Circulatory and prostatic tissue lipidomic profiles shifts after high-dose atorvastatin use in men with prostate cancer

Paavo Raittinen*, Kati Niemistö, Erika Pennanen, Heimo Syvälä, Seppo Auriola, Jarno Riikonen, Terho Lehtimäki, Pauliina Ilmonen, Teemu Murtola

*Corresponding author for this work

Research output: Contribution to journalArticleScientificpeer-review

39 Downloads (Pure)

Abstract

Prostate cancer patients using cholesterol-lowering statins have 30% lower risk of prostate cancer death compared to non-users. The effect is attributed to the inhibition of the mevalonate pathway in prostate cancer cells. Moreover, statin use causes lipoprotein metabolism changes in the serum. Statin effect on serum or intraprostatic lipidome profiles in prostate cancer patients has not been explored. We studied changes in the serum metabolomic and prostatic tissue lipidome after high-dose 80 mg atorvastatin intervention to expose biological mechanisms causing the observed survival benefit. Our randomized, double-blind, placebo-controlled clinical trial consisted of 103 Finnish men with prostate cancer. We observed clear difference in post-intervention serum lipoprotein lipid profiles between the study arms (median classification error 11.7%). The atorvastatin effect on intraprostatic lipid profile was not as clear (median classification error 44.7%), although slightly differing lipid profiles by treatment arm was observed, which became more pronounced in men who used atorvastatin above the median of 27 days (statin group median classification error 27.2%). Atorvastatin lowers lipids important for adaptation for hypoxic microenvironment in the prostate suggesting that prostate cancer cell survival benefit associated with statin use might be mediated by both, local and systemic, lipidomic/metabolomic profile changes.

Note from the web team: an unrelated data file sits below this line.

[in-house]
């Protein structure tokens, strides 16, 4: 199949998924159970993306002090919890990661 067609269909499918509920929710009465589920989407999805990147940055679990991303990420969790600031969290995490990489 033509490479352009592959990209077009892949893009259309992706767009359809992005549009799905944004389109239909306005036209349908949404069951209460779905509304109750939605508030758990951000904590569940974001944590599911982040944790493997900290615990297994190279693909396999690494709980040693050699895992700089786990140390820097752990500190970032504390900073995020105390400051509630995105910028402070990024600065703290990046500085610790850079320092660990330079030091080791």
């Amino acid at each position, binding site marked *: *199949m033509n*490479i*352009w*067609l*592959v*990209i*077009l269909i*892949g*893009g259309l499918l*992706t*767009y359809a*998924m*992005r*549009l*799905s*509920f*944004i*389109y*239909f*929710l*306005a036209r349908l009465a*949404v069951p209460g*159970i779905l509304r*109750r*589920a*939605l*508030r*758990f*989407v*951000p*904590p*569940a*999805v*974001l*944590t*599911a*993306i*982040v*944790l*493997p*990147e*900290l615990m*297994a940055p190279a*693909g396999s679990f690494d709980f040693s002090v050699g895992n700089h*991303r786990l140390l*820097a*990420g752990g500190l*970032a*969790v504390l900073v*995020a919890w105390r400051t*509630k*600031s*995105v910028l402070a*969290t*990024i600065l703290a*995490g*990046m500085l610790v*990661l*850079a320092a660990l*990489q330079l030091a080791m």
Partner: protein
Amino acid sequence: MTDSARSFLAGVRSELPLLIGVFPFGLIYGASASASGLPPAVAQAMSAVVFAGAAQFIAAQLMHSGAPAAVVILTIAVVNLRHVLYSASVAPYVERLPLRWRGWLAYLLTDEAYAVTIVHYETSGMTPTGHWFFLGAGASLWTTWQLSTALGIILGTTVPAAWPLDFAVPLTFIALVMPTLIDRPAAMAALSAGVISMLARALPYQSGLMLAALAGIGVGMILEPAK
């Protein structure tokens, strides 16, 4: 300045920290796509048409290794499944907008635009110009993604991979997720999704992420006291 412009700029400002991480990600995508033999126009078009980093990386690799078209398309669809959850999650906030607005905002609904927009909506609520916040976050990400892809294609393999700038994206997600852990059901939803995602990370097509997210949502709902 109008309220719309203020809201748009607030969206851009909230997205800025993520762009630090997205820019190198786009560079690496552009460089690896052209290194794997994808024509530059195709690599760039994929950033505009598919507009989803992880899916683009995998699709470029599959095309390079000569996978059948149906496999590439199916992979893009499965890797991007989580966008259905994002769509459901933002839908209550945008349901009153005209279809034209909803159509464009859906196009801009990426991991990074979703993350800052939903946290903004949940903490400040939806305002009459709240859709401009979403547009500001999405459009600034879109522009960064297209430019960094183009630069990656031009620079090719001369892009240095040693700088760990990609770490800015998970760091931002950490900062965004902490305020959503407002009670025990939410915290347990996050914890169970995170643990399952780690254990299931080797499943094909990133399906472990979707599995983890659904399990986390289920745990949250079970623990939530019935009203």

Original languageEnglish
Article number12016
Number of pages10
JournalScientific Reports
Volume10
Issue number1
DOIs
Publication statusPublished - 1 Dec 2020
MoE publication typeA1 Journal article-refereed

Fingerprint Dive into the research topics of 'Circulatory and prostatic tissue lipidomic profiles shifts after high-dose atorvastatin use in men with prostate cancer'. Together they form a unique fingerprint.

Cite this